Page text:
# ETOOBUSY 🚀 minimal blogging for the impatient

# AoC 2021/7 - Median crabs

**TL;DR**

On with Advent of Code puzzle 7 from 2021: discovering a property of the median.

This day’s puzzle can be solved with a *brute force* method. This is
where I golfed a bit to:

```
#!/usr/bin/env raku
use v6;
sub MAIN ($filename = $?FILE.subst(/\.raku$/, '.tmp')) {
my $x = $filename.IO.lines.comb(/\d+/)».Int;
.put for
($x.min .. $x.max).map( { ($x «-» $_)».abs.sum }).min,
($x.min .. $x.max)
.map( { ($x «-» $_)».abs.map({($_ + 1) * $_ / 2}).sum }).min;
}
```

Let’s unpack a bit.

It’s somehow intuitive that the solution must lie between the minimum
and maximum value among all positions. In fact, the value *beyond* the
maximum value (say 1 position over) would surely be greater than that
for the maximum value, because it’s basically calculated from the value
at the max position plus the number of crabs. Similar considerations can
be done for candidates below the minimum, because we’re considering
absolute distances here.

This accounts for why we restrict our search in the range(s) ```
($x.min ..
$x.max)
```

. These are our candidate positions for a solution.

To iterate over them and calculate our target value we use `map`

. As we
eventually need to output the minimum value of the feature we are
calculating, it’s just convenient to put a `.min`

immediately after for
both calculations (part 1 and part 2).

Inside each `map`

we calculate the cost of each candidate, whose value
is available in `$_`

. In the first case, we subtract this candidate from
each value in the input array using the hyperoperation `«-»`

, which
“does the right thing” by repeating `$_`

the required amount of times to
subtract it from each element of `$x`

. This leaves us with a sequence of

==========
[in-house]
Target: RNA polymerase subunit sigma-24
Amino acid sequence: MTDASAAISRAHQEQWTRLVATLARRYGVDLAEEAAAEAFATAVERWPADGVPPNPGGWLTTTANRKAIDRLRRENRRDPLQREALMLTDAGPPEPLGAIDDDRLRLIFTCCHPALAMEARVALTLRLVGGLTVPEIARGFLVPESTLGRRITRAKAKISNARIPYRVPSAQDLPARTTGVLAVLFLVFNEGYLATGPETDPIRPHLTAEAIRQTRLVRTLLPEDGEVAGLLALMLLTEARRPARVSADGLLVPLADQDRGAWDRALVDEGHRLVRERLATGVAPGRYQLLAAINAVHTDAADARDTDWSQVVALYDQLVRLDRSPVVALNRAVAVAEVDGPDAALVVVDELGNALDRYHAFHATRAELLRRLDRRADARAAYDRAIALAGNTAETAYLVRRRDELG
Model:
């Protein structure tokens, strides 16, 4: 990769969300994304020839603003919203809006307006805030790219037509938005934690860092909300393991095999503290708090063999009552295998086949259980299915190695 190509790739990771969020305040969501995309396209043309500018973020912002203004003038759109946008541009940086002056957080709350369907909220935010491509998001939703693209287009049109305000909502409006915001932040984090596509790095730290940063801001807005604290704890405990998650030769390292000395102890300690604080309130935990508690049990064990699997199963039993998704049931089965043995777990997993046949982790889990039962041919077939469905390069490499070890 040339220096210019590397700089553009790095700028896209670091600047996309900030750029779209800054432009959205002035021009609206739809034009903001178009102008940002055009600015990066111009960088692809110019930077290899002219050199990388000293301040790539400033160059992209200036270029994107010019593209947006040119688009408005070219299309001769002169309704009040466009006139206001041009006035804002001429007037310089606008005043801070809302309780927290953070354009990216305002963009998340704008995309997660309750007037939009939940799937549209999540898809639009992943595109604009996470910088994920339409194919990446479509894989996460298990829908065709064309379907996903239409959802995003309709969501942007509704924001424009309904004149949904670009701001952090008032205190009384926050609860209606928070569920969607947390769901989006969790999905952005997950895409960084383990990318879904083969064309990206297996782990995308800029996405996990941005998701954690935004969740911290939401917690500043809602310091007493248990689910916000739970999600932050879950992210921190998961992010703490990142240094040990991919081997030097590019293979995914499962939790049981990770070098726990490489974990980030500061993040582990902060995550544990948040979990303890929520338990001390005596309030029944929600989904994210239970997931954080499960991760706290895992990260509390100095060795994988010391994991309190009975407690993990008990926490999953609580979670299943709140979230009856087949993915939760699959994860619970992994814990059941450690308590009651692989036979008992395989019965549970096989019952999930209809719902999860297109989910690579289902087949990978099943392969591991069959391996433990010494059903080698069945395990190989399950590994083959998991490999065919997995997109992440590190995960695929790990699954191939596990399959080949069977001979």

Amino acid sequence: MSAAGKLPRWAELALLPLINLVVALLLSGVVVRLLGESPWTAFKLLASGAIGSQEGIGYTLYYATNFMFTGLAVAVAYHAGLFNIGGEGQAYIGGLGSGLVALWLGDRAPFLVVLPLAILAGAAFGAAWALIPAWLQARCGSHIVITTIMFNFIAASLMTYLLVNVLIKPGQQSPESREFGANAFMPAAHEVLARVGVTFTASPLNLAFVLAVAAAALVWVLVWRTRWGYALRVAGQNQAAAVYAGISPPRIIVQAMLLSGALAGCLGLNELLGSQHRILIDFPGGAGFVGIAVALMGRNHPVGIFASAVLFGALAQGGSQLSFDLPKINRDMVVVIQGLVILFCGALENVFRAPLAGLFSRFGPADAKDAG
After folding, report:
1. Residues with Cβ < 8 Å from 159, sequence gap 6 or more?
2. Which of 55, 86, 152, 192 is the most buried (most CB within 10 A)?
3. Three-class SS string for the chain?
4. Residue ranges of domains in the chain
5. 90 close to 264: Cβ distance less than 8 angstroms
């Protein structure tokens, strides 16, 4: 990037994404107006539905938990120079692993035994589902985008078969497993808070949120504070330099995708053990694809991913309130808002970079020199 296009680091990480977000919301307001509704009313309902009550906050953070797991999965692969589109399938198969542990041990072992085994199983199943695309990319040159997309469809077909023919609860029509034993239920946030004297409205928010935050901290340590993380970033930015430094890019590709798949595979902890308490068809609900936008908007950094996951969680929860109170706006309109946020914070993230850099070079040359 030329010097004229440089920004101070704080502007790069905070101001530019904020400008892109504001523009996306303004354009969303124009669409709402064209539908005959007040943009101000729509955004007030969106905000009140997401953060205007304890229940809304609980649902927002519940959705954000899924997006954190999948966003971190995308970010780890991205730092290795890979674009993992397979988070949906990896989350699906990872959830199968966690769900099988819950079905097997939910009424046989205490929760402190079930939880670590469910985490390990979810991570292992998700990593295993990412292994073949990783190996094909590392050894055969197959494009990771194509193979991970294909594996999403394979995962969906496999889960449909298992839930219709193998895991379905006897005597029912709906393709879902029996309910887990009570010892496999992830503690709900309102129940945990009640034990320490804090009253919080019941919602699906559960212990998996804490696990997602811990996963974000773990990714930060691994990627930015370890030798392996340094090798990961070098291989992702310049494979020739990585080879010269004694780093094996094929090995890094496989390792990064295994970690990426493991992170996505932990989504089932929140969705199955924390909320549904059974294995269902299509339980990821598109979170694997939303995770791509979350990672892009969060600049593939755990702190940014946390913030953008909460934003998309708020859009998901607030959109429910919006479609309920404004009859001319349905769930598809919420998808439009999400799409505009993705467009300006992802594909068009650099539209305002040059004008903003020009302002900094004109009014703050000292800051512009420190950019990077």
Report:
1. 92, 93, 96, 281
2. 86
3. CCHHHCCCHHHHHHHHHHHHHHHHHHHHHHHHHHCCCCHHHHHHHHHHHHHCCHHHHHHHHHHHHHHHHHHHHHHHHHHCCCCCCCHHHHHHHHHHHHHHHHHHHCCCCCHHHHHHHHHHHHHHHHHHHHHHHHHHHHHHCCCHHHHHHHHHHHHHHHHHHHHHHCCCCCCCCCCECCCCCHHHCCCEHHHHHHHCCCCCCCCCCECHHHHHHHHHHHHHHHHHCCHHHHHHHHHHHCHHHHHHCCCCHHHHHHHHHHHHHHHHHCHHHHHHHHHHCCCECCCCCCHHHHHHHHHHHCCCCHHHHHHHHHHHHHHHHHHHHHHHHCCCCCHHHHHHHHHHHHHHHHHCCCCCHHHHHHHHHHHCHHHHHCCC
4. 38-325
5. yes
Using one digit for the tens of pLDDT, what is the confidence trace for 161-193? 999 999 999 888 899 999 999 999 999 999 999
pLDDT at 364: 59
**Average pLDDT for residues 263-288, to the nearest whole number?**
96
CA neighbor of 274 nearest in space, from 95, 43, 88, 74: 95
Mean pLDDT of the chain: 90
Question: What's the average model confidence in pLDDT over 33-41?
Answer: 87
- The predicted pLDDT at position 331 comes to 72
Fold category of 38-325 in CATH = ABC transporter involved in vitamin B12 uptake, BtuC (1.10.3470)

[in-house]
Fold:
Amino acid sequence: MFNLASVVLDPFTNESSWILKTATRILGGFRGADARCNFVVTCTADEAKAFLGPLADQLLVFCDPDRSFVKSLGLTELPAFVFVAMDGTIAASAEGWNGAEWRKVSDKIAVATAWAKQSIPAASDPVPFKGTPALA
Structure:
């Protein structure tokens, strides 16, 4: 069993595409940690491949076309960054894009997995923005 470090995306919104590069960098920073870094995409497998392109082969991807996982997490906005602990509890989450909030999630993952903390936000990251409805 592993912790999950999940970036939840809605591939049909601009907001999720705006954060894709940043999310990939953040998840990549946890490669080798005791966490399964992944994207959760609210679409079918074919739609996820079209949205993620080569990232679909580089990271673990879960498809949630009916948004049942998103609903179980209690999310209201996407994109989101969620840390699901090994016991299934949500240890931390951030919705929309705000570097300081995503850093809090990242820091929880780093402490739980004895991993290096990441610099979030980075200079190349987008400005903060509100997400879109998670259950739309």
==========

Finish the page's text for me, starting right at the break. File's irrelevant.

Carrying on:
displacement values that might be positive or negative, so we first make
sure to turn all of them positive (using hyperoperation `».abs`

) and
then take their sum, which is the overall cost for this candidate.

In the second case we have to do a bit more calculations over the absolute values. In particular, we have to consider each absolute displacement to calculate the corresponding Triangular number:

\[T(n) = \frac{(n + 1) n}{2}\]Then, again, the `sum`

to calculate the overall cost across all crabs.

One funny thing about these puzzles is the *paralysis by analysis* state
that they can induce on me. I *knew* there had to be a quicker way to
solve the first part than just brute-forcing it, but somehow it did not
came to mind quickly. So I spent a good 20 minutes before surrendering
to the brute force attack; in hindsight, considering the limited size of
the inputs, it would have been better to just start with brute forcing
and investigate optimizations later. Whatever.

Thanks to this solution by cetttbycettt, though, I discovered about a property of the median that basically solves the first part of the puzzle in the way I was looking for. This is what fellow Raku participant 0rac1e did in this solution, also making me discover the neat Stats module:

```
# code by 0rac1e
# https://www.reddit.com/r/adventofcode/comments/rar7ty/comment/hnkbauz/
use Stats;
my @c = 'input'.IO.split(',')».Int;
put [+] (@c «−» median(@c))».abs;
put [+] (1 «..» (@c «−» mean(@c)».floor)».abs)».sum;
```

TIL a lot!

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